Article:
A dog-faced boy, a cross-dressing congressman and a can't-help-herself pharmacist all play a starring role in 'All Kinds of Kinds,' the daring new single from Miranda Lambert. This song's story is as far from country Main Street as you can get, but the singer's message of inclusion and acceptance is the ultimate unifier.

For Lambert fans, this track is among the many highlights on 'Four the Record,' but few would have guessed she or her record label would have the nerve to ask radio to spin it. Some will be offended by the characters in her colorful (to say the least) story. But the singer has the perfect answer to those quick to disparage her new friends:

"Now, some point a finger and let ignorance linger / If they'd look in the mirror they'd find / That ever since the beginning to keep the world spinning / It takes all kinds of kinds," Lambert sings before the mid-tempo cut comes to a close.

Before she gets to the might-be-autobiographical final verse (Lambert didn't write 'All Kinds of Kinds,' but you wouldn't know it), her character and morals are all over this song. We learn who she is because she was courageous enough to not only cut a brilliant song with a truly meaningful and impacting message, but actually build her album from it. 'All Kinds of Kinds' is the first track on 'Four the Record.' Ilsa, Hortatio and their carnival chums are the first people we meet on what was a very highly anticipated album in November 2011.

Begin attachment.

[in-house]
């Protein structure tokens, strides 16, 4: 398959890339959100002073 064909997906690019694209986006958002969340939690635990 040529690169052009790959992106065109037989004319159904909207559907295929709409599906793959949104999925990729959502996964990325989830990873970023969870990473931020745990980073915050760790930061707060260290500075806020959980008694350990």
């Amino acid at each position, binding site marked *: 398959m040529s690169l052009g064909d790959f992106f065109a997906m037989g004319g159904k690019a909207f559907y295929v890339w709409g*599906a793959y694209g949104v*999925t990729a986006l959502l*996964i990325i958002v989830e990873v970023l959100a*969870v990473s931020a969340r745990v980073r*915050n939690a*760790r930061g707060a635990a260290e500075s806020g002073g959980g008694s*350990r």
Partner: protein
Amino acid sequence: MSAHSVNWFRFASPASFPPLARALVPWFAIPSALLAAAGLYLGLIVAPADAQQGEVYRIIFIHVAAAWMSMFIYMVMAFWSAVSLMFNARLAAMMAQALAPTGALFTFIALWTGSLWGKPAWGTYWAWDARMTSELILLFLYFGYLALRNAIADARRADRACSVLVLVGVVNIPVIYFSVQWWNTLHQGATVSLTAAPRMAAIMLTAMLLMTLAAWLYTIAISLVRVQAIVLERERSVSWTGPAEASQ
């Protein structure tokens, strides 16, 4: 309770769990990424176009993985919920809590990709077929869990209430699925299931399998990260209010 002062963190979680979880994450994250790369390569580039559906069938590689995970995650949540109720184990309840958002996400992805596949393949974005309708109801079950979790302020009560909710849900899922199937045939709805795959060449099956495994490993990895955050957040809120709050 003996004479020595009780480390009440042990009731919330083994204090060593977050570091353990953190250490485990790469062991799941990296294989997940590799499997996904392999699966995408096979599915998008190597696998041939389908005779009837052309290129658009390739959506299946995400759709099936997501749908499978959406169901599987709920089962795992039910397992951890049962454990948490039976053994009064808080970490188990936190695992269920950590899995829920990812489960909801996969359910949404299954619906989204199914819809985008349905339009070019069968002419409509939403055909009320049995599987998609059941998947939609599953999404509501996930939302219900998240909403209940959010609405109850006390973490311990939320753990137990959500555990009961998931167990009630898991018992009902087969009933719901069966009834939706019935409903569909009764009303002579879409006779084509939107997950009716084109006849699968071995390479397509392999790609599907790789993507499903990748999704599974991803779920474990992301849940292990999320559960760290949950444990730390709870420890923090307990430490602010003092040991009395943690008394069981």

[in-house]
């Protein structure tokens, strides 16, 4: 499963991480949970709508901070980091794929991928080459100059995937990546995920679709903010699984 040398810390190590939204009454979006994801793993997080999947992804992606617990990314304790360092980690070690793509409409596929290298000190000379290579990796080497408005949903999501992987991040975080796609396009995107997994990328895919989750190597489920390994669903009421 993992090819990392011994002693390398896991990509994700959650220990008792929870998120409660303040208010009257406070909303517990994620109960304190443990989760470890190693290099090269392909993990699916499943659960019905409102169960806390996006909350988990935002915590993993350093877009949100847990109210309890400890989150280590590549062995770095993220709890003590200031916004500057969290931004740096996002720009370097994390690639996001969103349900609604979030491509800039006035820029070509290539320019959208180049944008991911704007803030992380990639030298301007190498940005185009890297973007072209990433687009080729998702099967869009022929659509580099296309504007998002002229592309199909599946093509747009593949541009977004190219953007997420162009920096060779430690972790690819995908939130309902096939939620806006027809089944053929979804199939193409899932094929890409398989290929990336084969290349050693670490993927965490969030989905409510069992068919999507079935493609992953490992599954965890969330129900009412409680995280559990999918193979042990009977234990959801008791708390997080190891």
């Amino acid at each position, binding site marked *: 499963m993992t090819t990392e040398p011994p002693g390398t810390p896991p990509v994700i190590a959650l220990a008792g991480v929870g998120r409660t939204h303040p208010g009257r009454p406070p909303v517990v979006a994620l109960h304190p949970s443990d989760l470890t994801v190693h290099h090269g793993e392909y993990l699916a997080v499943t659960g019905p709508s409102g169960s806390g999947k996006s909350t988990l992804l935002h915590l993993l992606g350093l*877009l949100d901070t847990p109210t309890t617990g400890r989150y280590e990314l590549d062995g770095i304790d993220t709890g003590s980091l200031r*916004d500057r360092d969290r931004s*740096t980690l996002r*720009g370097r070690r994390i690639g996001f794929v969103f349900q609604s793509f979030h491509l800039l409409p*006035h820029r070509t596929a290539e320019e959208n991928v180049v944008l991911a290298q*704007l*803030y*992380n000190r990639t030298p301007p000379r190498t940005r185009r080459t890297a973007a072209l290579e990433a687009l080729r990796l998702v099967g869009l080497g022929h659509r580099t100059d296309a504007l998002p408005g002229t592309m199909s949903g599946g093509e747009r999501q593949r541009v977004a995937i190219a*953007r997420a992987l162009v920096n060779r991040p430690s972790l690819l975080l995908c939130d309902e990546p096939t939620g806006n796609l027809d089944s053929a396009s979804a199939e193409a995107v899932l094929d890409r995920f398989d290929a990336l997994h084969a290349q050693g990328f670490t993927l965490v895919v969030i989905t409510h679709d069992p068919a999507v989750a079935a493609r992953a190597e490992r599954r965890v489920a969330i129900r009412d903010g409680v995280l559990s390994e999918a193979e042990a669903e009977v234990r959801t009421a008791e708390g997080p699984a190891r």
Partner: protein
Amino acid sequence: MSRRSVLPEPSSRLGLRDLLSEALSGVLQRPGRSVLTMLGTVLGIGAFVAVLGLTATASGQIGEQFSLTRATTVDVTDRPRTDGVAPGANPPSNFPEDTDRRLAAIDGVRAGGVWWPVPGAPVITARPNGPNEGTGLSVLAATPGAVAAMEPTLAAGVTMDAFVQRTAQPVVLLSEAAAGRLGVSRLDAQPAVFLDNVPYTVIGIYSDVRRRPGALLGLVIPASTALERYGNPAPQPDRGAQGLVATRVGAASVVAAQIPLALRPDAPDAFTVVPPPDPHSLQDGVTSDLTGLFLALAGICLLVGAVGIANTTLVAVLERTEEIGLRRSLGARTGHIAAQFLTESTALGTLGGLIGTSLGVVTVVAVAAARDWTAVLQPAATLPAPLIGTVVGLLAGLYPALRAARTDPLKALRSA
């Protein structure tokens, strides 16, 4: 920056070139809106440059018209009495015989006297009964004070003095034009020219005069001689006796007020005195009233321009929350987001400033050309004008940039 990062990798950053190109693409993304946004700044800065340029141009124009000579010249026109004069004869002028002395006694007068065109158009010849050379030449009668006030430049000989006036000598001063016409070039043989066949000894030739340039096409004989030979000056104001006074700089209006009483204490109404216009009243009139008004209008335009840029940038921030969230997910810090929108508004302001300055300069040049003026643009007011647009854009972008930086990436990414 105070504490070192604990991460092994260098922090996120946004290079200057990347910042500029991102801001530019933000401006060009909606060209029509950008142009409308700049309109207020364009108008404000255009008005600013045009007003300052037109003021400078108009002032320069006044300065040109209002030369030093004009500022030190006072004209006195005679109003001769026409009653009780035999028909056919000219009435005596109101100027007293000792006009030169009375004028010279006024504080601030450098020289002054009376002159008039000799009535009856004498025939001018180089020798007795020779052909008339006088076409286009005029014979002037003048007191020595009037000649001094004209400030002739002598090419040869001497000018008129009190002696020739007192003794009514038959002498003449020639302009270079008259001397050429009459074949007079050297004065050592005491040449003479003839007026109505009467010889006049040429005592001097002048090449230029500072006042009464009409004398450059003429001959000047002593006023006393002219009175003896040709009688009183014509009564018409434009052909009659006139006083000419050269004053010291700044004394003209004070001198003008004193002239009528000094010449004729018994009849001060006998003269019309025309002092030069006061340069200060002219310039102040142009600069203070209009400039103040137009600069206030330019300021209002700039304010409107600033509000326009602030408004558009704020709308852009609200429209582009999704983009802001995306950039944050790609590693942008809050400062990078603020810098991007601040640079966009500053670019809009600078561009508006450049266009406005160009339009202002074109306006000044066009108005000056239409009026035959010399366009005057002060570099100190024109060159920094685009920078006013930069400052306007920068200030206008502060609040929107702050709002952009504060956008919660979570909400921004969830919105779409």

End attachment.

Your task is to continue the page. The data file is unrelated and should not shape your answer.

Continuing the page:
"Thomas was a congressman with closets full of skeletons / And dresses that he wore on Friday nights / Phyllis was a pharmacist, a dab of that, a pinch of this / Concocted to suppress her appetite," she sings during the second verse. "When the children were fiddlin' she'd slip 'em some Ritalin / And wait for Thomasina to arrive / Cause ever since the beginning to keep the world / spinning / It takes all kinds of kinds."

Stoney LaRue sings along during each chorus as a melodic steel guitar sets the stage for what's to come. 'All Kinds of Kinds' is a true one of a kind -- there's simply nothing in country music like it, yet it feels familiar because it plays upon and celebrates the unique characteristics we're taught to muzzle in day-to-day life. She's the first to step out of line,  proudly raise her freak flag and invite us to follow in a way that feels significant -- not cartoony. The song is unlikely to top the charts (fifth singles from an album rarely do), but by simply releasing 'All Kinds of Kinds,' Lambert cracks open a new door for artists to squeeze through.

Listen to Miranda Lambert, 'All Kinds of Kinds'